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Tough job ahead for Petrotrin board
Had it been operating in the real world of business, subject to global market forces and the vagaries of the energy sector, Petrotrin would have gone out of business long ago. Its operating model has long been unsustainable.
But it is a state-owned entity which has been given various lifelines over the years, mostly courtesy the nation’s taxpayers. However, as has been stated repeatedly by Government and energy sector officials over the last nine months, the energy giant must now be transformed into an efficient and productive company - there is no other choice.
It was therefore welcome news when Prime Minister Dr Keith Rowley, prior to his departure for the United States on a short vacation Friday, announced that the long-promised restructuring of Petrotrin has started.
Later in the day, confirmation from Government of a new board of directors for the cash-strapped company, headed by Wilfred Espinet, put into motion an exercise, estimated to take two or three years, that should transform Petrotrin into a profitable entity, once more contributing to the country’s GDP. The process that has just started will not be painless but if the right decisions are made, difficult though they may be, the national community will benefit.
The value of Petrotrin to T&T’s economic health cannot be underestimated. It is the country’s major oil producer, accounting for more than one-half of total oil production of about 72,000 barrels per day (bpd). The company is also is a net earner of foreign exchange and brought in an estimated $250 million a year in 2015 and last year, contributes to Government tax revenues and is a guarantor of the country’s energy security.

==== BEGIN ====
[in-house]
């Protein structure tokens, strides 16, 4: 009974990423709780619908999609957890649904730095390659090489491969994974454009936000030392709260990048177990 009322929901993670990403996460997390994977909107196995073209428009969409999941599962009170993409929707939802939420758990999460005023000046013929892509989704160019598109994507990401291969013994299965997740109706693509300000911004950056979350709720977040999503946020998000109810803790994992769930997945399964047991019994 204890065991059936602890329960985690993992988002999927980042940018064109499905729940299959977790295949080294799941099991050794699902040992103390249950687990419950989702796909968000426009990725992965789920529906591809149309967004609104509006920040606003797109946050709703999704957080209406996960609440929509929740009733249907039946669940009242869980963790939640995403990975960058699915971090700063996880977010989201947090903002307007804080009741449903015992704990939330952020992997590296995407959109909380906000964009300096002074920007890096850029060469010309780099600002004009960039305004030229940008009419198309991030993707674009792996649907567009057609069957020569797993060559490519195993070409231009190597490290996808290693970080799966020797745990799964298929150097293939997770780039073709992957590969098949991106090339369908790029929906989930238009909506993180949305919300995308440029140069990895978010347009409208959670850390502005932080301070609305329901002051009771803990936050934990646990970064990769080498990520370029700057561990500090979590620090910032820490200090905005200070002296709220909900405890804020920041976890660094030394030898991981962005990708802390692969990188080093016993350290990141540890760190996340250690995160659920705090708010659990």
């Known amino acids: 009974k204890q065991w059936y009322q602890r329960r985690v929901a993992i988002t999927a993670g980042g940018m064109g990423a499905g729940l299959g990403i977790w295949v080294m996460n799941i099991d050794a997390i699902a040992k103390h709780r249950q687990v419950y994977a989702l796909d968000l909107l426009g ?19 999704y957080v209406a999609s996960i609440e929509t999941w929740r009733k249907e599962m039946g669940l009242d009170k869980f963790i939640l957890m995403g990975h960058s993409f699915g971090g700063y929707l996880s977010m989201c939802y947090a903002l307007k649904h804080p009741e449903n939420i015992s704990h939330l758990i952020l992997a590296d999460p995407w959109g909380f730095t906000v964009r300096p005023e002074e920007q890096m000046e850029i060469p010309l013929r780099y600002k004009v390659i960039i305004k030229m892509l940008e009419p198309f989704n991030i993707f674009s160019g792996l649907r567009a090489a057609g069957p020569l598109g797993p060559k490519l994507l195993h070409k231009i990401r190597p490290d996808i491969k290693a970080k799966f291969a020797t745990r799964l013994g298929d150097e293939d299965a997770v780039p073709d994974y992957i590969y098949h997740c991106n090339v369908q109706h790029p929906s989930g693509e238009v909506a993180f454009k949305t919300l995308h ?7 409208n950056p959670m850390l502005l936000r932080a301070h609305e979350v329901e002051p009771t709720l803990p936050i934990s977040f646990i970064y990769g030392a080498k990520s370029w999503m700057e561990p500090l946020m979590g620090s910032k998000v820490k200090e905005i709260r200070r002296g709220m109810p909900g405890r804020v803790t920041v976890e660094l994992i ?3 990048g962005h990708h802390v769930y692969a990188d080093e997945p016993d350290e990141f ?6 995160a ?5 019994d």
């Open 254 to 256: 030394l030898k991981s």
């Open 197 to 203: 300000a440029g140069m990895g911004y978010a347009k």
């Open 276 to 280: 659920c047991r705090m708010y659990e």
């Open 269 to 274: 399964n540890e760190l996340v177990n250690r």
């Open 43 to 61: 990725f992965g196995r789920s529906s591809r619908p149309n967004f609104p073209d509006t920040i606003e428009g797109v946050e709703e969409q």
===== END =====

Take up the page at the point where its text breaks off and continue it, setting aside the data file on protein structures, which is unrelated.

However, the company faces a high risk of catastrophic failure, particularly in the current challenging energy market of reduced prices, as it is saddled with an estimated US$850 million debt due in 2019 that it cannot pay, along with other onerous financial burdens.
The challenge for the new board chaired by businessman Wilfred Espinet is to significantly reduce Petrotrin’s annual operating costs of approximately $4.5 billion. This includes an unsustainable wage bill of $1.9 billion for more than 5,000 employees. In fact, wages alone account for close to 50 per cent of Petrotrin’s total annual operating costs.
Even as it seeks to cut the excess, Petrotrin also needs to attract capital for drilling and investment activities, including scheduled plant maintenance turnarounds in the refinery at a rate of approximately $2 billion a year, in order to reduce its exposure to asset integrity risk and abandonment liabilities. The company also needs to increase its crude oil production.
It cannot be over emphasised that the way forward for Petrotrin must include more focus on boosting oil and gas production on land and offshore. Unfortunately, over the last decade the company’s oil production has been allowed to skydive from some 64,500 bpd to some 45,000 bpd at present.
There is no easy way out of the crisis currently facing the company. Highest priority must be on stopping the haemorrhaging and taking every necessary step to stabilise Petrotrin within the shortest possible time. No doubt there will be push back from some stakeholders - primarily the Oilfields Workers’ Trade Union (OWTU)- to some of the cuts that are inevitable to guarantee the long-term survival of the company.
But there is no way around what needs to be done to transform the oil company, which, as Dr Rowley stated in an address to the nation earlier this year, “is so central to our fortunes.”
Indeed, given T&T’s continued dependence on oil and gas and no real prospects of diversification taking hold in the short to medium term, the nation’s economic fortunes continue to be tied in significant ways to a successful revitalisation of Petrotrin.
As the new board settles down to the restructuring challenge, the fervent hope is that they succeed in delivering to the nation a lean, efficient and profitable Petrotrin.